Claim tying higher value-added scores for teachers to lifelong student success is unjustified, according to new review

Do higher “value-added” scores for teachers lead to greater economic success for their students later in life?

Contrary to the conclusions in a recent well-publicized paper by economists Raj Chetty, John Friedman, & Jonah Rockoff, a review produced by National Education Policy Center (NEPC) finds that claim is unjustified.

“Despite widespread references to this study in policy circles, the shortcomings and shaky extrapolations make this report misleading and unreliable for determining educational policy,” Professor Moshe Adler of the Department of Urban Planning at Columbia University concluded in his review. His review raised at least nine different concerns, including the improper use of prior research and the failure to report important results when those results contradicted the authors’ conclusions.

The claims now being questioned made their way into President Obama’s State of the Union message two years ago and also surfaced in a ruling by a California judge, in the Vergara case, who found that certain due process protections for teachers violated that state’s constitution.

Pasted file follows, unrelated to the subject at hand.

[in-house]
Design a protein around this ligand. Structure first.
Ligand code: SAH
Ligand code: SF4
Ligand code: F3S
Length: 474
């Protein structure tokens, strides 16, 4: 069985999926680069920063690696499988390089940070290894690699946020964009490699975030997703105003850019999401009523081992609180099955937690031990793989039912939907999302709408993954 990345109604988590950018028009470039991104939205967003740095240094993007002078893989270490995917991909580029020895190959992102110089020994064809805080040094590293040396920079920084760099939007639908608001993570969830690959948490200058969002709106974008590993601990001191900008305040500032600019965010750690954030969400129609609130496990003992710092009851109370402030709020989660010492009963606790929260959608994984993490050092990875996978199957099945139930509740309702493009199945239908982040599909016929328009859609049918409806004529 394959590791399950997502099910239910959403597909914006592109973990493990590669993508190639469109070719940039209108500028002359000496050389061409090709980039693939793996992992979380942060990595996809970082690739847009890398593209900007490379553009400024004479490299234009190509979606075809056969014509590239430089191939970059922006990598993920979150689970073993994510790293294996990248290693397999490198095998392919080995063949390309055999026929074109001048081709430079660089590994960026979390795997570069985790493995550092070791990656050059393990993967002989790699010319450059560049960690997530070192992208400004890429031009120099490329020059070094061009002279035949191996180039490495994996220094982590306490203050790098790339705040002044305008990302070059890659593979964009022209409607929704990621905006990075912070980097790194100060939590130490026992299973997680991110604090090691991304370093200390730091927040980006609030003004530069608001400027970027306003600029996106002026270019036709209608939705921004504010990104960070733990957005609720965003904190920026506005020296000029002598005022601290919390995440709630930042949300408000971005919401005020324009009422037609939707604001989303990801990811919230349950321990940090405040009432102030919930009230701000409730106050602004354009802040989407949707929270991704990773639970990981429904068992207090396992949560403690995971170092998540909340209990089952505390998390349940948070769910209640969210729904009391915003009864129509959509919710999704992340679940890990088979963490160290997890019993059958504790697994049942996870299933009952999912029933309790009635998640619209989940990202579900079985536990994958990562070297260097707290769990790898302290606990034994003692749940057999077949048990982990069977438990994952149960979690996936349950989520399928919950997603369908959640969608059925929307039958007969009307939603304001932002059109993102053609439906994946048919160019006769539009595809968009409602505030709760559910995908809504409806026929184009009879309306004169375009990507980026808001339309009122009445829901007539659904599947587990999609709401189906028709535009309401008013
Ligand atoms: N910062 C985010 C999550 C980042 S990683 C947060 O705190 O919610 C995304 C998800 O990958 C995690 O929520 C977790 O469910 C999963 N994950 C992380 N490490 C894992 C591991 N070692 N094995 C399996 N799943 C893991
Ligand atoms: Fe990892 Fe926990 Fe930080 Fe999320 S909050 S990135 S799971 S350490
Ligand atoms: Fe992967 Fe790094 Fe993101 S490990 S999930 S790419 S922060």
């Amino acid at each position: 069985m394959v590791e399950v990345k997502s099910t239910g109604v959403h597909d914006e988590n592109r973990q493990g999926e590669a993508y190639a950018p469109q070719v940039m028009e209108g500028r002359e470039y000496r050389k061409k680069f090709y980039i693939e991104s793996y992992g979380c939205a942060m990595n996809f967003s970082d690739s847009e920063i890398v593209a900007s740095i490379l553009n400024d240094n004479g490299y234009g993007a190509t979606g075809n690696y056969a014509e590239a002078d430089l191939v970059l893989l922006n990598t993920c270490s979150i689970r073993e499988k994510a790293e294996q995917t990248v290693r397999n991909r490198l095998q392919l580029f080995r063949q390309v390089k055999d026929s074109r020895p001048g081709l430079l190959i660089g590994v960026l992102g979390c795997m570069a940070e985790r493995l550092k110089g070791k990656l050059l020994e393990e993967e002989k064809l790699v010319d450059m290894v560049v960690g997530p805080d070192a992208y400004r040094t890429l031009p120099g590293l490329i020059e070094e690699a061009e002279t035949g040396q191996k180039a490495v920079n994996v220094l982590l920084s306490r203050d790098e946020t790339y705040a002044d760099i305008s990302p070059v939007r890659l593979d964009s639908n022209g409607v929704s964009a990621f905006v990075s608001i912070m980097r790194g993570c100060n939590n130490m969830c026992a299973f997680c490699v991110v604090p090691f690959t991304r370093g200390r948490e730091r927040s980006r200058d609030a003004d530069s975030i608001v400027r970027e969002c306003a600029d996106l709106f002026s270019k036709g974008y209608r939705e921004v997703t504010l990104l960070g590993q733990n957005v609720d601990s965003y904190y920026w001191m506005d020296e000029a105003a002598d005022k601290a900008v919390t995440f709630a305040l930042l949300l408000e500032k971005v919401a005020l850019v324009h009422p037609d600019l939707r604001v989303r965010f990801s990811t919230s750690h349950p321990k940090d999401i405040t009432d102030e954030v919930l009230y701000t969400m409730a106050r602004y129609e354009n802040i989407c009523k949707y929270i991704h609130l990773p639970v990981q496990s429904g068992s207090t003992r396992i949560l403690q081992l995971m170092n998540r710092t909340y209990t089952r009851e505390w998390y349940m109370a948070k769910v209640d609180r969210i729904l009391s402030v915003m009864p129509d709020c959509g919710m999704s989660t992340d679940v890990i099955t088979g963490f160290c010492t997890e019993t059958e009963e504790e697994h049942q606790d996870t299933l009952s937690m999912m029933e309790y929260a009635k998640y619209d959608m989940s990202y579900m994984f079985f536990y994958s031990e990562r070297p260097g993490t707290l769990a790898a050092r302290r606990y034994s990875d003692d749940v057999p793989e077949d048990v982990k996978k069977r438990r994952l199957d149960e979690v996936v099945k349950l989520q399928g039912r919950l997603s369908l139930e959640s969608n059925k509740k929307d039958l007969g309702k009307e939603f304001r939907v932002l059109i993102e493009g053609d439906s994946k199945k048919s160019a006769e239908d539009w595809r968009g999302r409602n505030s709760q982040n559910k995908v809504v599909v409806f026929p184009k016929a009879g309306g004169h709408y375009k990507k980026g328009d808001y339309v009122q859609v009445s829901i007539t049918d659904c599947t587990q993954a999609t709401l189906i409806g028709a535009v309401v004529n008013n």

Adler and the Harry Van Arsdale, Jr. Center for Labor Studies at Empire State College,
SUNY reviewed the Chetty-Friedman-Rockoff claims for the Think Twice think tank review project. The National Education Policy Center (NEPC) produced the review with funding from
the Great Lakes Center for Education Research and Practice.

Adler’s review covers Measuring the Impacts of Teachers I: Evaluating Bias in Teacher Value-Added Estimates and Measuring the Impacts of Teachers II: Teacher Value-Added and Student Outcomes in Adulthood. The National Bureau of Economic
Research (NBER) published both papers as working papers.

In his review Adler found five problems that invalidate the paper’s main claim:

  • The paper fails to mention the existence of a crucial conflicting result that was reported in an earlier version of the same paper.
  • The paper claims that there was insufficient data to investigate whether teacher value-added has an effect on income at any age after the age of 28.
    This claim is untrue.
  • The method used to calculate the effect of teacher value-added on income at age 28 is biased and misleading
  • The paper makes assumptions that inflate its main result, but these assumptions are contradicted by the evidence
  • The studies that the paper cites in support of its methodology don’t actually provide that support.

In conclusion, Adler writes, “The two papers under review here use questionable techniques to reach conclusions that are not supported by the data. These
problems rend the papers of no value in guiding educational policy.”

Find this Think Twice Review on the Great Lakes Center website:

Find both reports on the National Bureau of Economic Research website:

Think Twice, a project of the National Education Policy Center (NEPC), provides the public, policymakers and the press with timely,
academically sound reviews of selected publication. The project is made possible with funding from the Great Lakes Center for Education Research and Practice.

The review can also be found on the NEPC website: